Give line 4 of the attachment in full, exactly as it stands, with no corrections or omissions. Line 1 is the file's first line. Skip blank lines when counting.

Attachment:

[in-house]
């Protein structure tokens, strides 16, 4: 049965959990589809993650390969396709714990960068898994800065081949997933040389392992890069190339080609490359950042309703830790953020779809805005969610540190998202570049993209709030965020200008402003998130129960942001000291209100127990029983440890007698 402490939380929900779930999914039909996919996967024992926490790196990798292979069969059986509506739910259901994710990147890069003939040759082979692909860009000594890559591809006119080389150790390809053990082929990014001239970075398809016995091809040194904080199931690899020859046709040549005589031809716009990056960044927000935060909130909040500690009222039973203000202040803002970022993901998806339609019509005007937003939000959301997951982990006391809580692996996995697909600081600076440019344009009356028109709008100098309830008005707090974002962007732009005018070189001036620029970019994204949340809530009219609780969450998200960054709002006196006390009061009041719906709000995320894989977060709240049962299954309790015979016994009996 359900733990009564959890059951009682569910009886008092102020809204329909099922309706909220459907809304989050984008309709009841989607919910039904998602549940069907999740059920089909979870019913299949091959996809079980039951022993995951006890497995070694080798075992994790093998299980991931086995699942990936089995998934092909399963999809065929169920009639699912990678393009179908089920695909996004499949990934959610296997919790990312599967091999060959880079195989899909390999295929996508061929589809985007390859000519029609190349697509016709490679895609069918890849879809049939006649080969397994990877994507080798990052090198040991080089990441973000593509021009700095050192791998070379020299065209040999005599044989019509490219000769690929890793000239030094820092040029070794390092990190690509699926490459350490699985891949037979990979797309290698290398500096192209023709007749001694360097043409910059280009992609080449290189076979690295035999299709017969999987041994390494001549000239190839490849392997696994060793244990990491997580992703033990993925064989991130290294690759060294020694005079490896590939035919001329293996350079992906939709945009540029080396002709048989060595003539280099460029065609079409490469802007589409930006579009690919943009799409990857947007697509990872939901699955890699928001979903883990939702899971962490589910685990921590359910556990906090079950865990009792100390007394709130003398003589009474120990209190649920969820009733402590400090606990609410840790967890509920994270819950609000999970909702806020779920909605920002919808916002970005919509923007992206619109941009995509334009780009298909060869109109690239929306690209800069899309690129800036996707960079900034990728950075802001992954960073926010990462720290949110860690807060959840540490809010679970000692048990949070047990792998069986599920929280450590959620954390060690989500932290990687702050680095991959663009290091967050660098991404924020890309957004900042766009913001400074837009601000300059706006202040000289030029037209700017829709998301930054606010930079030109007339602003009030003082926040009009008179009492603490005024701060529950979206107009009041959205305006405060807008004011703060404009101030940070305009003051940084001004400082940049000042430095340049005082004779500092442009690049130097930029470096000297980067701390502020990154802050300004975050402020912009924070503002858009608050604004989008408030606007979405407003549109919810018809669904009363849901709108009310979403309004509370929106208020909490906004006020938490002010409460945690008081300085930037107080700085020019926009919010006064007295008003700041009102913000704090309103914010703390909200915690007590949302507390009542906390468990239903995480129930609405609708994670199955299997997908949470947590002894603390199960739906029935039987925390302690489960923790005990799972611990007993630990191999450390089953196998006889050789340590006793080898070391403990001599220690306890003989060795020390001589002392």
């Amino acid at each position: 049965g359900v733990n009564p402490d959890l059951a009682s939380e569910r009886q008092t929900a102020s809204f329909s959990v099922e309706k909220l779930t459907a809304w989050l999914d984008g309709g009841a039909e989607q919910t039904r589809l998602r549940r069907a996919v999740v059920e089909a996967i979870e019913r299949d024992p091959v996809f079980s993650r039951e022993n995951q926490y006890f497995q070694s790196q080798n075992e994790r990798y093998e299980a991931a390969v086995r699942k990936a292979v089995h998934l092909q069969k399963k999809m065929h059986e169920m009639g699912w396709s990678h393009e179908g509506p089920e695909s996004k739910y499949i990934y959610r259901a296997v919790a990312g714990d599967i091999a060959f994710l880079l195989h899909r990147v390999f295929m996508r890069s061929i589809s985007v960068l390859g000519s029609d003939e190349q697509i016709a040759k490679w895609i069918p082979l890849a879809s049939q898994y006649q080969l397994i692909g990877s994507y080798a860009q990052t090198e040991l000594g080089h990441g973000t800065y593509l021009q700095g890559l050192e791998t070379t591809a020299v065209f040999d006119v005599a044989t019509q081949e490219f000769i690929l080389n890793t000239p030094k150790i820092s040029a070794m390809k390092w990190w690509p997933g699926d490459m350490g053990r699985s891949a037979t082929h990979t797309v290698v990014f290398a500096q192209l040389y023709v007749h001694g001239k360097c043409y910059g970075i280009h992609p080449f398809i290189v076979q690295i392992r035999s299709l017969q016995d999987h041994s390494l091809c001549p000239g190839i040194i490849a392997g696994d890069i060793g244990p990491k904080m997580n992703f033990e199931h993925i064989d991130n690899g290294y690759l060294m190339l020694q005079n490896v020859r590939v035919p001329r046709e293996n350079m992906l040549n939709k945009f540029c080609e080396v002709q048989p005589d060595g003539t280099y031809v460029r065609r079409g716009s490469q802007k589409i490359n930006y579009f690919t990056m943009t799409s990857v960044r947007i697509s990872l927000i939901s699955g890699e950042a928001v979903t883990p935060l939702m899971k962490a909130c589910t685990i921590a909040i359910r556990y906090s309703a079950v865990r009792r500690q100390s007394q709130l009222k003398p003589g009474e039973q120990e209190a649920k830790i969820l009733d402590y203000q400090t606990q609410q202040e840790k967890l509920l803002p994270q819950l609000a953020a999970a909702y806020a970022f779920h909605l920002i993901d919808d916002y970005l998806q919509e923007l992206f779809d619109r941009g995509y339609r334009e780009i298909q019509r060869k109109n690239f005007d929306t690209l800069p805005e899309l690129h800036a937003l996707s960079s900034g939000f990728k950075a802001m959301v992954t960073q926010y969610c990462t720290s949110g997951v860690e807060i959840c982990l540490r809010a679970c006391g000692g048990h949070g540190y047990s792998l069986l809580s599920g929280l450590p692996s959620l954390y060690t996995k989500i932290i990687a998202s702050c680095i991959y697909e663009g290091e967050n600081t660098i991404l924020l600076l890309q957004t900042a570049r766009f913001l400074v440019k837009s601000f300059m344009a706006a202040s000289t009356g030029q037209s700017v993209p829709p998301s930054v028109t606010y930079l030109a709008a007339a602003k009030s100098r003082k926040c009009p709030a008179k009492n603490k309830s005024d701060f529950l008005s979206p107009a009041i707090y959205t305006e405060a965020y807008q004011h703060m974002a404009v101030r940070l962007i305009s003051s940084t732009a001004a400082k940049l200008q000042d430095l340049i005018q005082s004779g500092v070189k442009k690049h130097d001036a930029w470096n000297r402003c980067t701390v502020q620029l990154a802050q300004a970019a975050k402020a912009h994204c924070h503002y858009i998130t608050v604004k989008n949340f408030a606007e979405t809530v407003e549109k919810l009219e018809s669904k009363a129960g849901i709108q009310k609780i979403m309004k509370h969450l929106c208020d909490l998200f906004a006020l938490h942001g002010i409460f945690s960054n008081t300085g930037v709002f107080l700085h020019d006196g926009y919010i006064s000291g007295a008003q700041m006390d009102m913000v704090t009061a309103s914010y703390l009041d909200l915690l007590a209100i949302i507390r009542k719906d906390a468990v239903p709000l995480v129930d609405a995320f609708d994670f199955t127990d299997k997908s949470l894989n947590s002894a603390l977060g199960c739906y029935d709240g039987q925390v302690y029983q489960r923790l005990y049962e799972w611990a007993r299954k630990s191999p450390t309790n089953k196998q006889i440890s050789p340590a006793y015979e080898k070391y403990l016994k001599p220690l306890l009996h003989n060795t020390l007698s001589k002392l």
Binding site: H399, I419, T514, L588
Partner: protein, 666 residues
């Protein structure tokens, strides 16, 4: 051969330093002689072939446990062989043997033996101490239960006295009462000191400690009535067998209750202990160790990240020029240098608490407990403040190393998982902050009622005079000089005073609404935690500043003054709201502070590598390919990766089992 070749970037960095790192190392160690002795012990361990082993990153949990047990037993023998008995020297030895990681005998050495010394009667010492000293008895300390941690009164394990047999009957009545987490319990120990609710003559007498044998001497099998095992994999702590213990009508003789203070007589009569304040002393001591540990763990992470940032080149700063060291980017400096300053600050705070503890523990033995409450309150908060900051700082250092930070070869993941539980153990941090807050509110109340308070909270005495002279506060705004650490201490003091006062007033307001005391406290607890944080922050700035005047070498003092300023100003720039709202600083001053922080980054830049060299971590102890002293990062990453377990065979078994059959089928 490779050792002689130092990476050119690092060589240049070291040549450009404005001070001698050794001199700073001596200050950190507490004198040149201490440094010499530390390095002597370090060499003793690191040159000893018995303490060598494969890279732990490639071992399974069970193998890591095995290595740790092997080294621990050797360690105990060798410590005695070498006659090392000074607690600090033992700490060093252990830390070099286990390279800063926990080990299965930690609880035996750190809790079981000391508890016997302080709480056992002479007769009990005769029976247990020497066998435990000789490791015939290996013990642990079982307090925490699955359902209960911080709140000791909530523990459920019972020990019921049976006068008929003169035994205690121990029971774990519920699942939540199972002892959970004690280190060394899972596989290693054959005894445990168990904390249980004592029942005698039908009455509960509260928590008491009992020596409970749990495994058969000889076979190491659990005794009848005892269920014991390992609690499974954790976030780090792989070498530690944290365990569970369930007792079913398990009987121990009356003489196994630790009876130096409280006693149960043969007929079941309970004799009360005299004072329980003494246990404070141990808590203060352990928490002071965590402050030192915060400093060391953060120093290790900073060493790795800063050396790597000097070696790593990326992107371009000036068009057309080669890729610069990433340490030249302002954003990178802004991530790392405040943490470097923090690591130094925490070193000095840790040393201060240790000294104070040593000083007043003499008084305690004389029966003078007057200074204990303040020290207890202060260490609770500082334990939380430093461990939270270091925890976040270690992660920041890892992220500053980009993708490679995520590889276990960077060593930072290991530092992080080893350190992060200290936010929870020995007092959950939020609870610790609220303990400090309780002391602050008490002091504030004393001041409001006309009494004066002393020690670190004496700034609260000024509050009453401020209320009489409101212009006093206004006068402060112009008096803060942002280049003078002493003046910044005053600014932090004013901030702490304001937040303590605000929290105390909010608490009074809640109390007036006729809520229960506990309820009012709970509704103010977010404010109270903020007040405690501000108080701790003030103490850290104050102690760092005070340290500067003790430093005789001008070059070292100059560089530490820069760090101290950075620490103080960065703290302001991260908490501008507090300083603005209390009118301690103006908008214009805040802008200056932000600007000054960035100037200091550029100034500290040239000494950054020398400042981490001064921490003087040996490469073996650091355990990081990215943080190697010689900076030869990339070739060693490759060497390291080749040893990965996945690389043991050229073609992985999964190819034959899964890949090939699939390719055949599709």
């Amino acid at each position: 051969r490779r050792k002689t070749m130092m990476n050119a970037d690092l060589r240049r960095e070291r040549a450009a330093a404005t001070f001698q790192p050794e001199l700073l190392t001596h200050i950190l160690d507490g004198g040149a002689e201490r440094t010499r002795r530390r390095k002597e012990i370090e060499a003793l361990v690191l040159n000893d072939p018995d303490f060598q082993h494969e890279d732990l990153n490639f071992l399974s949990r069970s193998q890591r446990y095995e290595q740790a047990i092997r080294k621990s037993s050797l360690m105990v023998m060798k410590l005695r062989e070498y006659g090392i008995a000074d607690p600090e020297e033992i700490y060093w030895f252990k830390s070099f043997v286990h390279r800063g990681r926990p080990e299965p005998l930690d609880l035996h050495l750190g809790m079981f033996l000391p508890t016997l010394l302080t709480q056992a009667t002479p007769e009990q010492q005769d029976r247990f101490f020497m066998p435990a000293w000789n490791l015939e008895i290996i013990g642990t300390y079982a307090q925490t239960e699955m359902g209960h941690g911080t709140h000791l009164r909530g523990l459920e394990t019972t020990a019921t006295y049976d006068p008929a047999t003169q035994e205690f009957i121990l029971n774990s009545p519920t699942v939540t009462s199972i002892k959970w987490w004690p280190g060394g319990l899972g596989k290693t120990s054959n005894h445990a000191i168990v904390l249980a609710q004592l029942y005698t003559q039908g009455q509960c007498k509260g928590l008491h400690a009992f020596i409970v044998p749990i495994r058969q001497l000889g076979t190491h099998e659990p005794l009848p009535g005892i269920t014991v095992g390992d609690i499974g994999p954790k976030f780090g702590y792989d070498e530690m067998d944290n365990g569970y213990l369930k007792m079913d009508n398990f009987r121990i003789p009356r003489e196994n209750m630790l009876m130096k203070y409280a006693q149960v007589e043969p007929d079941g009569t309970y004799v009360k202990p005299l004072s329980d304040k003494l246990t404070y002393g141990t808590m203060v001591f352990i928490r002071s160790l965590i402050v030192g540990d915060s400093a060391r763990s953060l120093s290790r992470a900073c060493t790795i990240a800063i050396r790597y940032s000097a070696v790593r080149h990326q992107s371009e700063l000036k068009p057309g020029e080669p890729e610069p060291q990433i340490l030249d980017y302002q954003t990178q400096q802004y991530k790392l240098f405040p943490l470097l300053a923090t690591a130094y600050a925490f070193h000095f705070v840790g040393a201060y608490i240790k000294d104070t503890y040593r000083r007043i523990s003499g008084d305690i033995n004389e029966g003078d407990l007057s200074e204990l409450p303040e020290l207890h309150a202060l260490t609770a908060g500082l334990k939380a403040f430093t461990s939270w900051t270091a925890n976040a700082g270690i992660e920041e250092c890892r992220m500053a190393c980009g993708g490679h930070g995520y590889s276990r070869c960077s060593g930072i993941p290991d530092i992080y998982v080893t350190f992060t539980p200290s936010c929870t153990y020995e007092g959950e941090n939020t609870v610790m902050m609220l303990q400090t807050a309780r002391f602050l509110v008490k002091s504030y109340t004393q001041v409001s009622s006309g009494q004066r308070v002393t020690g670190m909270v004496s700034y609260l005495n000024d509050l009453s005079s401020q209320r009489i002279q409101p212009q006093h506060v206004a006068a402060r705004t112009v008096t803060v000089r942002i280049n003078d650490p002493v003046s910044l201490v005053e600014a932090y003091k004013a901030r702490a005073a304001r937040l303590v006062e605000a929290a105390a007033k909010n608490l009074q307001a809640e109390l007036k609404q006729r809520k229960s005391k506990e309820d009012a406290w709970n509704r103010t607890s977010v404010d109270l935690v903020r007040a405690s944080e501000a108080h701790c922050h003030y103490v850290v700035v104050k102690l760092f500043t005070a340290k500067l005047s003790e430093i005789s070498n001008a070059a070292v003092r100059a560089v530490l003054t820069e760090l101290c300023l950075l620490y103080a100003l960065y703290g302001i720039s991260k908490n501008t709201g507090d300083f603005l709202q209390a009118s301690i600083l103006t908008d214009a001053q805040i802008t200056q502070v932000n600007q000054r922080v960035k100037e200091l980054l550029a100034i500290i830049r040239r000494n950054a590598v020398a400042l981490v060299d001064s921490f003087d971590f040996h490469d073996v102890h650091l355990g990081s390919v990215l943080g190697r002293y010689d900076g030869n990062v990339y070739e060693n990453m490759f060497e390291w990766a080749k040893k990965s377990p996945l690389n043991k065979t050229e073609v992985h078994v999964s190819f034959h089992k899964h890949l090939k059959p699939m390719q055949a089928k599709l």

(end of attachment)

Binding site: H399, I419, T514, L588